Know what your board is and what that covers. Feed? Hay? ALL of the hay? (OTTBs vary, but most need at least unlimited good forage, possibly grain) I like to stay one month ahead on board when possible.

          From there, teeth and yearly vet stuff. Call it a grand unless you're in an expensive area. And feet every 5-8 weeks. Could be all-around shoeing at $500 or a trim at $40. Really varies a lot.

          Training/lessons. At least once a month lessons are almost necessary. Any time I skimp too much we go backwards.

          Best wishes to you! There are never any guarantees, but getting my mare changed my life for the better, forever

          Comment


            #6
            The way I have always had commissions work is said to pay 10,000 for the horse. You don’t write trainer a check commission, the seller pays your trainer a portion of the sale price...in my industry 10% is very standard, but I also know of trainers marking up horses to their clients to they get a bigger piece of the pie. ie; seller wants 10,000, your trainer says the horse is 13,000 and when you buy it your trainer collects $3,000 which is significantly more than 10% of the 10,000 sale price.

            Comment


              #7
              Congratulations! (Even if it's over a year away) You've gotten great advice info here already. One thing to add to help you plan costs, for shipping I usually plan about $100 per hour of travel if in a regular trailer stall and $200-300 an hour if in box stall in a trailer!

              Comment


                #8
                $1,500-$2,000 PPE. Get hocks done and I'd say neck too, which may increase the cost but neck issues can cause a lot of lameness issues.

                Most trainers commissions are 15%, make sure to ask your trainer about this ahead of time, and make sure she knows your "all in" budget (ie I have 15k to spend and that needs to include PPE, hauling, commission, and purchase).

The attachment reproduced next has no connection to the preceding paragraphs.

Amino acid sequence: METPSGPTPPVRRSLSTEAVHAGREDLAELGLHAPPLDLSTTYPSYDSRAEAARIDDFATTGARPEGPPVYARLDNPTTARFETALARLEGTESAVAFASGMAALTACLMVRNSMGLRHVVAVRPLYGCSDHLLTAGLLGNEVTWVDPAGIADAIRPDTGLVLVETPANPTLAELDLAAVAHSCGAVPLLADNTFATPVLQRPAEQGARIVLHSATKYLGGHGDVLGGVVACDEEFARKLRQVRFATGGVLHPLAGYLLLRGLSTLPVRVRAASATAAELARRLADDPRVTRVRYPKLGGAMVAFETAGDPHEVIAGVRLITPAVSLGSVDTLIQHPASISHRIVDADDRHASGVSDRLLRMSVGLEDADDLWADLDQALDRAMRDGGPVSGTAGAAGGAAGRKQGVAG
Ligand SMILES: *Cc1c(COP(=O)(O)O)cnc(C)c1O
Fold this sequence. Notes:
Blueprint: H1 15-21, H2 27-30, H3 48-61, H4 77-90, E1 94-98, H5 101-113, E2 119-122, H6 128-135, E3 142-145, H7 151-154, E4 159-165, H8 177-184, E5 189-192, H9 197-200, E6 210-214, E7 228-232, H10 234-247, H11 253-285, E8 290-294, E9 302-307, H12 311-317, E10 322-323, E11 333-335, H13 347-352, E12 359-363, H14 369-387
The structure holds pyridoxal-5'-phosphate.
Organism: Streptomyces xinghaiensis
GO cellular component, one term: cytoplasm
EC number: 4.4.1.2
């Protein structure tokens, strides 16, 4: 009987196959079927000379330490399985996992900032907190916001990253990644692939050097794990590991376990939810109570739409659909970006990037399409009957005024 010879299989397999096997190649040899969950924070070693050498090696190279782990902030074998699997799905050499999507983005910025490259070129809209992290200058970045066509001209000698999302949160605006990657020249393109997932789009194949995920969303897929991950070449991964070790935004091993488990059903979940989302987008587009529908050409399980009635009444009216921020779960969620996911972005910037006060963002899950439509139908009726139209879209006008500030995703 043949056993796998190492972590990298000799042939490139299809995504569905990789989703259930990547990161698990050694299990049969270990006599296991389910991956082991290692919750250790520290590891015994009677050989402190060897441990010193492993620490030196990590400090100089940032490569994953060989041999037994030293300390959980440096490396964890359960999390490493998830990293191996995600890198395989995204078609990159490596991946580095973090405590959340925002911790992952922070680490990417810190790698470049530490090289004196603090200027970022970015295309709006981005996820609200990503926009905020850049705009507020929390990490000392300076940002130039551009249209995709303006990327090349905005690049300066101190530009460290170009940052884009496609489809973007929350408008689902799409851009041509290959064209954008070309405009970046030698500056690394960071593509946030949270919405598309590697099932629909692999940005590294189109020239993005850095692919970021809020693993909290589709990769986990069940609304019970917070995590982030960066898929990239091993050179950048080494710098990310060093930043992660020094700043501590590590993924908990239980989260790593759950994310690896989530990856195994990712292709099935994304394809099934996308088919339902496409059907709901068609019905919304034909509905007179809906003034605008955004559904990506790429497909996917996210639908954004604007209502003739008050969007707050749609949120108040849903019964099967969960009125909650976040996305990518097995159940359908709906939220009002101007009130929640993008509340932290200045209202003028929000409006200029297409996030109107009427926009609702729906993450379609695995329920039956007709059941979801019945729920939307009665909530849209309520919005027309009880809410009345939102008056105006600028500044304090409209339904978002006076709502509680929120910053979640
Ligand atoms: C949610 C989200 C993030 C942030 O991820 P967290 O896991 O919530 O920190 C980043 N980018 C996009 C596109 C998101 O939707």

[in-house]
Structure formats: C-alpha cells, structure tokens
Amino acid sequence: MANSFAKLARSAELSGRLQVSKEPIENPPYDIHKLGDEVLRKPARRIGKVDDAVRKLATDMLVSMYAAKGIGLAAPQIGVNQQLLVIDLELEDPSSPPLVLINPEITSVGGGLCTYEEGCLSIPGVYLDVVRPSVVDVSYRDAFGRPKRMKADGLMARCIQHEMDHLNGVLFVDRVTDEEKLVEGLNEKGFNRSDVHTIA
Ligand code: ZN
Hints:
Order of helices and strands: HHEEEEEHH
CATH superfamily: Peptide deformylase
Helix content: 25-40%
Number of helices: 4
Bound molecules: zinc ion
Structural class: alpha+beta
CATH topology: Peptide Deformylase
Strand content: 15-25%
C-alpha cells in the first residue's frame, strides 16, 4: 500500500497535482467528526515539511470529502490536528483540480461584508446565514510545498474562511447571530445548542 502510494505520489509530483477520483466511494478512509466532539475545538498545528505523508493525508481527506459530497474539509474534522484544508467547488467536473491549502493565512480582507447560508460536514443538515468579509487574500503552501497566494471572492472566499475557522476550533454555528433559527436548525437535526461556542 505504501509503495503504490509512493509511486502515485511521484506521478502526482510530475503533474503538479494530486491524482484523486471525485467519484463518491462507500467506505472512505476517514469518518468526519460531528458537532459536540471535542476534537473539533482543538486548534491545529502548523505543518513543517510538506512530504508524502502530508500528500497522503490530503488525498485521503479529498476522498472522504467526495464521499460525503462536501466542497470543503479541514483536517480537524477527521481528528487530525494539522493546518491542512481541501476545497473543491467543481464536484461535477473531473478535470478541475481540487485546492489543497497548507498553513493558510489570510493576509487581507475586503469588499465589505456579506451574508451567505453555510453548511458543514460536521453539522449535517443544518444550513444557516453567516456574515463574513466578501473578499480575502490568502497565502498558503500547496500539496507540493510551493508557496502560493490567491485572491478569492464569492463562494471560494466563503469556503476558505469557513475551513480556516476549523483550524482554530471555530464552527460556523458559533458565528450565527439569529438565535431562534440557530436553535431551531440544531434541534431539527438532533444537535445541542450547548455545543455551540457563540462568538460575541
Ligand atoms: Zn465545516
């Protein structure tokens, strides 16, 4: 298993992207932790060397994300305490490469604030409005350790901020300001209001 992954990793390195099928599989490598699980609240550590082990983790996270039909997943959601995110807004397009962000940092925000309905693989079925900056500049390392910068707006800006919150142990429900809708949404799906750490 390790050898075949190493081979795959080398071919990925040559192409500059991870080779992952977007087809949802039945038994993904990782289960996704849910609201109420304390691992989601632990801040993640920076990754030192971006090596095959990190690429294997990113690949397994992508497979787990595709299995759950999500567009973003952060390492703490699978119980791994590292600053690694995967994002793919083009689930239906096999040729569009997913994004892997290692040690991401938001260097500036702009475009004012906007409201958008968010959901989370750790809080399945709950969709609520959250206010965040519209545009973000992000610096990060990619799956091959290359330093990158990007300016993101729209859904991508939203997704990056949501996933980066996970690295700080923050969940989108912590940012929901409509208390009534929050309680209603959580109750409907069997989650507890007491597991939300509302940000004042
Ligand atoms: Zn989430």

Hauling depends on how far away the horse is, assume at least $1/mile

                I did not insure my first horse because she was $16,000, lucky for me I never had any medical problems with her. The big cost of insurance is mortality, so if you stick to vet and colic you and low mortality you can probably get a policy for about $100-$150/month.

                I'd say to have $2,500 as a vet fund.

                You should be able to get a horse for 10-15k that suits you. Be okay with trying a lot of horses and taking your time. PPEs are expensive, so really make sure you love the horse before you do the PPE, and don't be suprised when the PPE isn't perfect. There is always something, you just have to know what you can live with. be there, ask the vet questions.

                You need tack, feed, and a place for the horse to be housed. This is an exciting time--enjoy it!

                Comment


                  #9
                  Originally posted by TheHunterKid90 View Post
                  The way I have always had commissions work is said to pay 10,000 for the horse. You don’t write trainer a check commission, the seller pays your trainer a portion of the sale price...in my industry 10% is very standard, but I also know of trainers marking up horses to their clients to they get a bigger piece of the pie. ie; seller wants 10,000, your trainer says the horse is 13,000 and when you buy it your trainer collects $3,000 which is significantly more than 10% of the 10,000 sale price.
                  That's for the person selling the horse.
                  Say I have a mare for sale for $27,500, I have the commission for my trainer who would be selling the horse worked in to the 25k I already want for the horse. Whatever the person buying the horse's trainer takes is their responsibility. I would balk at a trainer asking me to tell a client the horse is priced differently to hide their commission.